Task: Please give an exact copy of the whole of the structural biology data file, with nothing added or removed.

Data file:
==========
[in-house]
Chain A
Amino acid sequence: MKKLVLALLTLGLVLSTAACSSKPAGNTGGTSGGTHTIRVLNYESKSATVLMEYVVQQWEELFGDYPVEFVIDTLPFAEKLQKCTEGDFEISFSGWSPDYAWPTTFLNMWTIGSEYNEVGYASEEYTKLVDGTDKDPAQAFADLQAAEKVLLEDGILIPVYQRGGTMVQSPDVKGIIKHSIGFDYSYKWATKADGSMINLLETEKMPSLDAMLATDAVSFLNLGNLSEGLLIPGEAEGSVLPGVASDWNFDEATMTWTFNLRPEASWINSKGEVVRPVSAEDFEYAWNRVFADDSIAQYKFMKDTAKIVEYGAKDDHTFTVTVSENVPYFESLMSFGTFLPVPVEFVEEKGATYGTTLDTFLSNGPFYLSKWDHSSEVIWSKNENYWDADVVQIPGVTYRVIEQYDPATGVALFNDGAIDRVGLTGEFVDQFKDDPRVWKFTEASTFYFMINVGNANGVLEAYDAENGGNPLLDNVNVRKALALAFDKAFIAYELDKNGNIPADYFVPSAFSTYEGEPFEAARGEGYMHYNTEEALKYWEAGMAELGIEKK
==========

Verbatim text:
[in-house]
Chain A
Amino acid sequence: MKKLVLALLTLGLVLSTAACSSKPAGNTGGTSGGTHTIRVLNYESKSATVLMEYVVQQWEELFGDYPVEFVIDTLPFAEKLQKCTEGDFEISFSGWSPDYAWPTTFLNMWTIGSEYNEVGYASEEYTKLVDGTDKDPAQAFADLQAAEKVLLEDGILIPVYQRGGTMVQSPDVKGIIKHSIGFDYSYKWATKADGSMINLLETEKMPSLDAMLATDAVSFLNLGNLSEGLLIPGEAEGSVLPGVASDWNFDEATMTWTFNLRPEASWINSKGEVVRPVSAEDFEYAWNRVFADDSIAQYKFMKDTAKIVEYGAKDDHTFTVTVSENVPYFESLMSFGTFLPVPVEFVEEKGATYGTTLDTFLSNGPFYLSKWDHSSEVIWSKNENYWDADVVQIPGVTYRVIEQYDPATGVALFNDGAIDRVGLTGEFVDQFKDDPRVWKFTEASTFYFMINVGNANGVLEAYDAENGGNPLLDNVNVRKALALAFDKAFIAYELDKNGNIPADYFVPSAFSTYEGEPFEAARGEGYMHYNTEEALKYWEAGMAELGIEKK